Greek and Roman Medicine (HS3372)

Greek and Roman Medicine
Laurence M.V. Totelin
Cardiff University
Lecture Outline
• The Hippocratic Oath: an unusual
• Healers in the market place
• Secular and religious medicine
• Note: Greek and ‘Roman’ medicine
Hippocrates and the Hippocratic Oath
• Very little information about
Hippocrates – some
information in the works of
Plato and Aristotle
• Hippocratic Corpus:
– Collection of more or less
60 texts
– Written by various authors
– Written in a variety of
– Deal with various medical
– Grouped under the name of
Hippocrates of Cos
Asclepius arrives at Cos, Cos, C2-C3 CE
– Most texts written end fifth
century BCE or fourth
century BCE
The Oath
• Context of the Oath is
• Not all physicians at the
time of Hippocrates agreed
with the principles of the
• Structure: invocation of the
gods – covenant – duties –
rewards and punishments
• The limits of technē
Papyrus fragment of the Oath,
3rd century CE
The physician, iatros/medicus
• No official training
• Importance of finding a good
• Itinerant physicians
• A few famous physicians
– Erasistratus and
Herophilus (third century
– Galen (second-third
Erasistratus discovers Antiochus is in love
century CE)
– Oribasius (fourth century with his stepmother Stratonice by examining
his pulse. Engraving after P. de Cortona 1772
– Aetius (sixth century CE)
• Dietetic medicine
• A life between Pergamum
and Rome
• An imperial career
• 434 titles, of which 350 at
least at really by Galen
– Extremely varied in topics
– Writings for beginners and
for more advanced learners
• The best physician is a
• The four humours
Asclepeion of Pergamum
The female physician and midwife
• Midwives are conspicuously
absent from the Hippocratic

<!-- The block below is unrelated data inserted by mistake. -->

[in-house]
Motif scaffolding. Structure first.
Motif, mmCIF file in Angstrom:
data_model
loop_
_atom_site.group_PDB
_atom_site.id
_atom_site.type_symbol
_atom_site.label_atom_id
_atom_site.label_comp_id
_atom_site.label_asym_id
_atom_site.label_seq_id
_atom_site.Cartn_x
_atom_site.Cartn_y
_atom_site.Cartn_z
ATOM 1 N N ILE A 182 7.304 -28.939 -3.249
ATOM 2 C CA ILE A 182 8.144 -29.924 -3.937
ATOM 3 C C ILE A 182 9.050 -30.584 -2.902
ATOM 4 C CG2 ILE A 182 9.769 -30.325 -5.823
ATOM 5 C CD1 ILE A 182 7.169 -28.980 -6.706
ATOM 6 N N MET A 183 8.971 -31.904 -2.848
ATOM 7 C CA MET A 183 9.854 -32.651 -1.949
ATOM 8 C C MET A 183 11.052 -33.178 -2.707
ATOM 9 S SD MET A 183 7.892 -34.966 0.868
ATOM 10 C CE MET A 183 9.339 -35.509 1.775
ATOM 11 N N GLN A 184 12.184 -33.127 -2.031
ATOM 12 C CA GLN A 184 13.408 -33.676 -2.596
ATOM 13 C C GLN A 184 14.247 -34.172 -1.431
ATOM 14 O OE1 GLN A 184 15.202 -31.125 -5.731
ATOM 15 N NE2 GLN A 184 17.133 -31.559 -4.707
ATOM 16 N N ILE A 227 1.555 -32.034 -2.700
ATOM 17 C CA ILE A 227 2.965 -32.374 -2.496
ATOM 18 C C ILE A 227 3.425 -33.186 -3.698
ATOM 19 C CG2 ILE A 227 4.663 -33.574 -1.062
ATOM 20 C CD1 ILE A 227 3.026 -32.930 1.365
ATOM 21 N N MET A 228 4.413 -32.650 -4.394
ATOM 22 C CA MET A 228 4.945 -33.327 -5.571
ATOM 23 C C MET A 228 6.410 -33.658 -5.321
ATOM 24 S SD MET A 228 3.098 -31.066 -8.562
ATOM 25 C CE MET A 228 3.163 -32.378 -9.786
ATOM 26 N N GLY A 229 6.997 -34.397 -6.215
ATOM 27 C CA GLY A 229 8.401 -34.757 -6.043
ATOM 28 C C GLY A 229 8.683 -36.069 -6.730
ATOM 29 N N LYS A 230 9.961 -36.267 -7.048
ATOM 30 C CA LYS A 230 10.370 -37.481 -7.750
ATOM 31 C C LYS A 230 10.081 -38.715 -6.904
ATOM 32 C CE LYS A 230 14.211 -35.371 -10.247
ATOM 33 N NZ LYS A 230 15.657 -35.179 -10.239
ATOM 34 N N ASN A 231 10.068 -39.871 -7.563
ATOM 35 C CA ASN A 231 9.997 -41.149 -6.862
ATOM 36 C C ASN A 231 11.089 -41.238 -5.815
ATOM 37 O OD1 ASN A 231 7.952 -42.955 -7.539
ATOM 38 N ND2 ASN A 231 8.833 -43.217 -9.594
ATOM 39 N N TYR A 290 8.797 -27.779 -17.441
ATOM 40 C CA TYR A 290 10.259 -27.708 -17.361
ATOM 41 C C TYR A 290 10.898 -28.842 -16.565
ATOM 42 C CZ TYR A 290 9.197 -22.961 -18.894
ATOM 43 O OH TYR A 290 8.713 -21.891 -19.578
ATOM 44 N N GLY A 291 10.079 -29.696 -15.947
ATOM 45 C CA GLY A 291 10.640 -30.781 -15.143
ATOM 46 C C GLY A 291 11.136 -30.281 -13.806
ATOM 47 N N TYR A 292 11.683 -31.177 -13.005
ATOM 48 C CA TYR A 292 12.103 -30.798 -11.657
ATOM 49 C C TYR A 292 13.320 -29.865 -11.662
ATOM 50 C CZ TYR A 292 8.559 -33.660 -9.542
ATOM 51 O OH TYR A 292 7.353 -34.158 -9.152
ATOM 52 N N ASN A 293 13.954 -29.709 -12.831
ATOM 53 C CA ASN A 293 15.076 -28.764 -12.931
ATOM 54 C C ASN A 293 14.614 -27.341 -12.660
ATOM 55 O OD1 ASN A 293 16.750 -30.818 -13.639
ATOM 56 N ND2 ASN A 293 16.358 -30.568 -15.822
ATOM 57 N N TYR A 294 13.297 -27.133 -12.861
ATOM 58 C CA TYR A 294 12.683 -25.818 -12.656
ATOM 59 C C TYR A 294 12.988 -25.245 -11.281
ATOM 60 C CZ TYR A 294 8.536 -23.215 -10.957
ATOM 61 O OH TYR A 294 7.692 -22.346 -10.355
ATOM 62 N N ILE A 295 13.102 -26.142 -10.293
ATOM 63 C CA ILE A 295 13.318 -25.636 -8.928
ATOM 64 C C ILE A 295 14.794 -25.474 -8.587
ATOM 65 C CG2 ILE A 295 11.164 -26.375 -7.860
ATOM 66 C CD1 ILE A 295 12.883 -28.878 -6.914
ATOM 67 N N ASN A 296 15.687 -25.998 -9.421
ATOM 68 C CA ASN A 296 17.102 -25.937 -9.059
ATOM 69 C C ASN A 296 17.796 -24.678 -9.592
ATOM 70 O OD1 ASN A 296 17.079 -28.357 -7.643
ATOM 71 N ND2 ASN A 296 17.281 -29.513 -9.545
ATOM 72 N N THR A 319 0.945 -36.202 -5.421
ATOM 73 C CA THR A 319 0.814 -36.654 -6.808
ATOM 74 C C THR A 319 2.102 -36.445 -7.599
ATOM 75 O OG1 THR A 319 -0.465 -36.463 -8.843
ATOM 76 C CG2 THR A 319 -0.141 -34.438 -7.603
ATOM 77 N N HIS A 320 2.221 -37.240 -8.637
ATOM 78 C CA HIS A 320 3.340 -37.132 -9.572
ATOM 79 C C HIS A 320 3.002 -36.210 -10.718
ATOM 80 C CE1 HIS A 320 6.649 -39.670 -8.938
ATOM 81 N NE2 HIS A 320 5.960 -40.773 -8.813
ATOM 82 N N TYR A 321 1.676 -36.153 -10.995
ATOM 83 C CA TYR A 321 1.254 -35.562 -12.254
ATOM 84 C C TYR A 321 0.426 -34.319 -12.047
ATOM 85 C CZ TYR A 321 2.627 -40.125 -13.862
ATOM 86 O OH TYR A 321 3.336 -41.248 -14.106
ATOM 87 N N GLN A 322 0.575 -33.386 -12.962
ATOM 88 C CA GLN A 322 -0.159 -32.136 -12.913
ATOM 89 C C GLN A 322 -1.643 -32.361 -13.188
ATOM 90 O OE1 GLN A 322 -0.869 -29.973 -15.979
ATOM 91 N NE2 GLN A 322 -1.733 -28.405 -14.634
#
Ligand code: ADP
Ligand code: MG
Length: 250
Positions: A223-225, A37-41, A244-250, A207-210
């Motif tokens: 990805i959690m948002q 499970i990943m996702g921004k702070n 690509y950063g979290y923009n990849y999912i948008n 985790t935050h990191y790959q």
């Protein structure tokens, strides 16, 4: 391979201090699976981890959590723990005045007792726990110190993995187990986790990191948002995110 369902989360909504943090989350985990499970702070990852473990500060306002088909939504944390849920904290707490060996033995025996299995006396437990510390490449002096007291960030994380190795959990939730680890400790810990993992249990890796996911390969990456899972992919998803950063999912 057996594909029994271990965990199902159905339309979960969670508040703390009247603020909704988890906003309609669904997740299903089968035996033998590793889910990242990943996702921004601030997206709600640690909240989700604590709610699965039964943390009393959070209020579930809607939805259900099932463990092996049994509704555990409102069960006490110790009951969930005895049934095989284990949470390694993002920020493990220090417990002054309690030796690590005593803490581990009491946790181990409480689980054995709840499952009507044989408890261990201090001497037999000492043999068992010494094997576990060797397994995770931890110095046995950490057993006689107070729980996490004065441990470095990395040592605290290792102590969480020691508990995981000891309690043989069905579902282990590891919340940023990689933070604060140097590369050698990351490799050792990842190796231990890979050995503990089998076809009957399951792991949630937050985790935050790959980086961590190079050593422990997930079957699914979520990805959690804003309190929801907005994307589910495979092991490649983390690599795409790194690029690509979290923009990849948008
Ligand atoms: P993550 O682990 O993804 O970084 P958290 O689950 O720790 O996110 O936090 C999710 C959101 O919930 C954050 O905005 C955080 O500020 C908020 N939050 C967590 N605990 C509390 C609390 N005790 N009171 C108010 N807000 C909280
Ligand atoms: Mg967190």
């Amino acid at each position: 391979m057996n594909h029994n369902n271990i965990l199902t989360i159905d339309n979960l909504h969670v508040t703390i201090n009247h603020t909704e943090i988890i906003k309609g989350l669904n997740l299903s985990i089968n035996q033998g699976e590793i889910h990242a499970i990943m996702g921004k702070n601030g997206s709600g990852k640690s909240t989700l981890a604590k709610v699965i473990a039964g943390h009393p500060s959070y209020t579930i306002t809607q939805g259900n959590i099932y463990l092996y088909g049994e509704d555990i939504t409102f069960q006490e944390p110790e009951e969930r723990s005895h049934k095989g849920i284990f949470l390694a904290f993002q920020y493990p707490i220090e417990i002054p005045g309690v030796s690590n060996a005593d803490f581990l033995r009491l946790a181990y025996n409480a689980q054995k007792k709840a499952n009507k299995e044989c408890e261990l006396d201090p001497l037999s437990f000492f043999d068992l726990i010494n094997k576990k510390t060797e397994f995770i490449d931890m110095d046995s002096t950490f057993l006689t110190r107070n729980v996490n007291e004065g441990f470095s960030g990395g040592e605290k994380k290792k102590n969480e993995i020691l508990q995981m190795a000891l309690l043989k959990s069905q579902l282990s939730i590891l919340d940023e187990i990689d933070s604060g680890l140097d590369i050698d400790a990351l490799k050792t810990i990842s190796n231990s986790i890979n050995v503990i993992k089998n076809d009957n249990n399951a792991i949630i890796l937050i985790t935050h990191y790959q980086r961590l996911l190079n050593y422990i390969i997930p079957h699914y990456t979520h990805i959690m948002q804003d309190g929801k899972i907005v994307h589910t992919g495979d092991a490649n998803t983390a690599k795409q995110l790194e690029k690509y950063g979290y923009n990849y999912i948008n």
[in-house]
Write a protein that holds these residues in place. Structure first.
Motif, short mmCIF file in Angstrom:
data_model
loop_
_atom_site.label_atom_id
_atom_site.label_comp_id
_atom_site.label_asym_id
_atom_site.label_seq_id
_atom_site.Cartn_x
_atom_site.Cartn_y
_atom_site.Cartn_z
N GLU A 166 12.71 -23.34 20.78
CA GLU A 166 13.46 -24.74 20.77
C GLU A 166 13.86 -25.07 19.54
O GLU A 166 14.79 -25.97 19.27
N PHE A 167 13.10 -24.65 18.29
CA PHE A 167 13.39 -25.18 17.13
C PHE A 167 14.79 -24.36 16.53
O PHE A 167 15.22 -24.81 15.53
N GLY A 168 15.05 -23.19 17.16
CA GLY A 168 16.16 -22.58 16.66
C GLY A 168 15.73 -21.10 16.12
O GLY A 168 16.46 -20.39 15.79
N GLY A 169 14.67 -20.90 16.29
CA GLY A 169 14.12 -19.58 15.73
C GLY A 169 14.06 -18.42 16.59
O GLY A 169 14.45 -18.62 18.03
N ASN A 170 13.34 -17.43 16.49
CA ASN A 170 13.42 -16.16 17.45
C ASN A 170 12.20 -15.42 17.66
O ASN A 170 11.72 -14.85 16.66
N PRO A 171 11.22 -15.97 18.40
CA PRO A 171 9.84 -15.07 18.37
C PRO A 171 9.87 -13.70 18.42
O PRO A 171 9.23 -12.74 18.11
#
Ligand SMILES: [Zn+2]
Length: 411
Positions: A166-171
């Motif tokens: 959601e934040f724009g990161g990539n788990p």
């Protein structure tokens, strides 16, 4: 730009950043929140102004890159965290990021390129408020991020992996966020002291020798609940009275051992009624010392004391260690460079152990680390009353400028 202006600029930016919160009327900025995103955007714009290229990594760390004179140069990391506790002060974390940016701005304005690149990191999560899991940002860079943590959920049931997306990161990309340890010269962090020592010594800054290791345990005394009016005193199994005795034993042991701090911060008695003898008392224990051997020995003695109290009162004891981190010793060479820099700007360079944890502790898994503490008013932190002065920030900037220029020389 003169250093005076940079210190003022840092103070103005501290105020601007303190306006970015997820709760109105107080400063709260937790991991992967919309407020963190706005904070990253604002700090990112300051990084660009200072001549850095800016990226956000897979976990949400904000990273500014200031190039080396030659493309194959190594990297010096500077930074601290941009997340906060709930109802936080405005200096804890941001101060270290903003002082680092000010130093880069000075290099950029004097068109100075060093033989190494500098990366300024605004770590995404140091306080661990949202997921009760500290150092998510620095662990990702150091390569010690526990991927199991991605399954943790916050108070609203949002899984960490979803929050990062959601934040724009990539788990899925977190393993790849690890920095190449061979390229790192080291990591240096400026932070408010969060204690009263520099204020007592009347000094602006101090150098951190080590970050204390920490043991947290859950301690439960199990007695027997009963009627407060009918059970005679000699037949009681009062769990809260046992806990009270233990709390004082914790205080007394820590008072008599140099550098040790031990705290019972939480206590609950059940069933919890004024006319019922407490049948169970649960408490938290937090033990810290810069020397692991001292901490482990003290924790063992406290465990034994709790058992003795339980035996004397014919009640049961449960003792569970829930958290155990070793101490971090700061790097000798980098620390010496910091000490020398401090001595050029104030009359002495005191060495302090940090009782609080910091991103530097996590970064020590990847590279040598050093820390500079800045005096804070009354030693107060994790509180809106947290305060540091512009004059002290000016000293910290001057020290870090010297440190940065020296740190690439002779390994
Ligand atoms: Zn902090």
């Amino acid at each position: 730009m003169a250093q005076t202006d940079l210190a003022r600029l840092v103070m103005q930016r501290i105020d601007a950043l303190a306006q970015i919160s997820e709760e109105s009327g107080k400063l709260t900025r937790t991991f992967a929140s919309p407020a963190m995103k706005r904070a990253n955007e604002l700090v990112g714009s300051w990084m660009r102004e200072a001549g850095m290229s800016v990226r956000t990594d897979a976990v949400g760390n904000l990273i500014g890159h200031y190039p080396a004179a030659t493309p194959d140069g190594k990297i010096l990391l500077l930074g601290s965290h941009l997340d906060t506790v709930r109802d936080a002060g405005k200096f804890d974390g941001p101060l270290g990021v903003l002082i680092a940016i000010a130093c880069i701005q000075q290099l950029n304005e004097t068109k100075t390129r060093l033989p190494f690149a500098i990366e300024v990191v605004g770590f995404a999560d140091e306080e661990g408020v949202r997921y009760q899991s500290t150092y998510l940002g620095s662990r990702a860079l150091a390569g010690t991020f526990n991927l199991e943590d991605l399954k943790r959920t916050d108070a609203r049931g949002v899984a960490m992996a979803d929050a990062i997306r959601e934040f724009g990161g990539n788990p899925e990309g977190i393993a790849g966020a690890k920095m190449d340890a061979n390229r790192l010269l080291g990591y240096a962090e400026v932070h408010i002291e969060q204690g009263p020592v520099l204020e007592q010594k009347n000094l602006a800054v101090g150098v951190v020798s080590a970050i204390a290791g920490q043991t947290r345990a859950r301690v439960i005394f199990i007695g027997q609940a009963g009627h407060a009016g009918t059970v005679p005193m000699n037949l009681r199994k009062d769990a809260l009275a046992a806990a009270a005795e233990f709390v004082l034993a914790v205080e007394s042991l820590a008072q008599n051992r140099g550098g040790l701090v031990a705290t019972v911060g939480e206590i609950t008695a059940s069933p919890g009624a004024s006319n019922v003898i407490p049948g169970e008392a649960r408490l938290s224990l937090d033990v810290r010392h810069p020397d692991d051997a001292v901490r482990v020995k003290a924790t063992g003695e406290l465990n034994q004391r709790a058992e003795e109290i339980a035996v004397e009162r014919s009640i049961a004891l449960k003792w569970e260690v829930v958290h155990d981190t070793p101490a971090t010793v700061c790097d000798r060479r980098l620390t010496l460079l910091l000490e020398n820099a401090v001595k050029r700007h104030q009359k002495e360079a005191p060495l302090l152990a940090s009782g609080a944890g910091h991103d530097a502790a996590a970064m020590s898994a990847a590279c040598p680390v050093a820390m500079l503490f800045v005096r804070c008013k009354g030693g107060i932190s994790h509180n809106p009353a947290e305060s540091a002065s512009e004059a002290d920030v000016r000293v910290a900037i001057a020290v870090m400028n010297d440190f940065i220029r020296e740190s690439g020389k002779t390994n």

• Socrates’ mother; Phanostrate
• Story of Agnodice and
• Soranus’ perfect midwife
• References to female healers in
Martial and Juvenal
• Galen’s competition against
the midwives
• Midwives and female healers:
epigraphic evidence
Tombstone of a medica from Metz,
C1 CE (?), CIL 13.4334
Stele of Phanostrate (Athens, fourth century BCE)
Phanostrate, midwife
(maia) and physician
(iatros), lies here at rest.
She caused pain to none,
and her death was
lamented by all.
Tombstone of Scribonia (1st century AD)
Ostia tomb 100
The surgeon
• Most surgery performed by
• But some physicians
specialised as surgeons
• Specialised surgeons existed
(specialising in eye-diseases; in
cutting for the stone)
• Need for a steady and fast
• Charlatans
A cylindrical case, Pompeii,
first century CE (Majno)
Surgical instruments found at Pompeii, now kept at the Naples
National Archaeological Museum
Extracting weapons
Fresco from Pompei representing
Iapex extracting an arrow from the
thigh of Aeneas
Setting bones and reducing fractures
Apollonius, Nicetas Codex
The pharmacologist
• The root-cutters (rhizotomoi),
e.g.Cratevas the root-cutter
• The drug-sellers
• Patients preparing their own
= drug (remedy)
= drug (poison)
= potion, philtre, charm
Herbal, 2nd century CE
Fragment of an illustrated herbal,
consisting of a treatise on the
medical properties of plants.
The Johnson papyrus (c. 400 CE)
The ‘Vienna
offered to Anicia
Juliana in 512 CE
Religion and healing in the ancient world
• Misleading to talk
about ‘healing gods’
as a distinct category
• The spread of the cult
of Asclepius
• Incubation and forms
of religious healing
• A unique witness:
Aelius Aristides
Epidaurus – sanctuary of Asclepius
‘Secular’ and ‘religious’ healing: conflict or
• The Hippocratic Oath
and the gods
• Areas of overlap
• Dedications by
physicians at temples
of Asclepius
• Physicians =
Votive relief from the Asclepion at Athens
• Medicine in the ancient world: a ‘market
place’ (Vivian Nutton)
• No official medical qualifications – the
importance of apprenticeship
• Overlap and collaboration between
‘secular’ and ‘religious’ healers

similar documents